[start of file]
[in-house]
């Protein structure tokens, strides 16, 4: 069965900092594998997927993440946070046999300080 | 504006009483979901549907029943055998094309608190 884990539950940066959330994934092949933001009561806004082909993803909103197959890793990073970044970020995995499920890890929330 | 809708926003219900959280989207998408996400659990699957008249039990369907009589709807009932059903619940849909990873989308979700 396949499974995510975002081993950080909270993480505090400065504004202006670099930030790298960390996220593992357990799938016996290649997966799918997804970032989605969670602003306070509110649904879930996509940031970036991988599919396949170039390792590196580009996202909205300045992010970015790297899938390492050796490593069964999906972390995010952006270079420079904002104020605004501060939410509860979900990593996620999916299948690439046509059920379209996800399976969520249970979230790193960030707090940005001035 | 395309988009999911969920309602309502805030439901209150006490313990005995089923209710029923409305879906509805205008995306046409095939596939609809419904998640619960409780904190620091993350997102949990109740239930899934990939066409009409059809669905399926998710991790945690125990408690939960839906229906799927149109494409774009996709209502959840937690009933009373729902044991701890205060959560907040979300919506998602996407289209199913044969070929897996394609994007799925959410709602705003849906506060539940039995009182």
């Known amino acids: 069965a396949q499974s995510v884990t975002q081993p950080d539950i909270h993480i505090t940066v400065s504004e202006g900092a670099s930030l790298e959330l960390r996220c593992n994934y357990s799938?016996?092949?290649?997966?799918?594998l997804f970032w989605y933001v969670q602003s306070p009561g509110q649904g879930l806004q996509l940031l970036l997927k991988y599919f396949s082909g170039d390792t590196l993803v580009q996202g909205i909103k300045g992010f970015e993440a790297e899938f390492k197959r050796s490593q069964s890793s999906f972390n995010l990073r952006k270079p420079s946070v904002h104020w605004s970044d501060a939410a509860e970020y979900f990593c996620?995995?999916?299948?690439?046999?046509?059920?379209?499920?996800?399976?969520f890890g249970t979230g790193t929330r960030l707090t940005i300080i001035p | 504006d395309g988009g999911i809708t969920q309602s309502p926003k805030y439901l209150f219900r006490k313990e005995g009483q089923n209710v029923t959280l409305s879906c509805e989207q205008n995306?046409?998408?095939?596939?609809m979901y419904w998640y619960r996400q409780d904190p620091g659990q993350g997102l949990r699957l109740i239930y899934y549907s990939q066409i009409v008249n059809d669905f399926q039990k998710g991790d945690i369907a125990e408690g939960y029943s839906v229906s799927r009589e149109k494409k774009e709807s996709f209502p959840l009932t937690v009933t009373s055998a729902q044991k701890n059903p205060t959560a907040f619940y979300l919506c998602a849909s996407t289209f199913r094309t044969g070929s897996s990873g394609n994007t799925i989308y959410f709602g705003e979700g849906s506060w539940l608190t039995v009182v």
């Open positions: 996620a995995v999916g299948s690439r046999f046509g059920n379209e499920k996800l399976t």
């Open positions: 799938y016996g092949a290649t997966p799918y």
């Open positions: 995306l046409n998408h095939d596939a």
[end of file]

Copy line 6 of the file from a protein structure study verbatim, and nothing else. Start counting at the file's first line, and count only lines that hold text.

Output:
């Open positions: 995306l046409n998408h095939d596939a």